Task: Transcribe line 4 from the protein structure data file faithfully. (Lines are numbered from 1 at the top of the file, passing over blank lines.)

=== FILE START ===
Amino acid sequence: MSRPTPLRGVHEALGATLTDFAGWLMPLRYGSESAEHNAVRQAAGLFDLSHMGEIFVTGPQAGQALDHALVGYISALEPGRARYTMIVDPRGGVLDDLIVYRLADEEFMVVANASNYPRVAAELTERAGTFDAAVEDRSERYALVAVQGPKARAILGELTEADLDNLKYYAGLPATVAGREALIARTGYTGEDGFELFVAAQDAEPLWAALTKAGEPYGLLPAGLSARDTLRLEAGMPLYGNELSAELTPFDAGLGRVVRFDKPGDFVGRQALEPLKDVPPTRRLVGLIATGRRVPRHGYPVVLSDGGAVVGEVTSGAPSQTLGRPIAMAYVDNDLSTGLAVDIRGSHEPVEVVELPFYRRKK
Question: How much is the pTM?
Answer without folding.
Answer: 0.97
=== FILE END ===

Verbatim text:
Answer: 0.97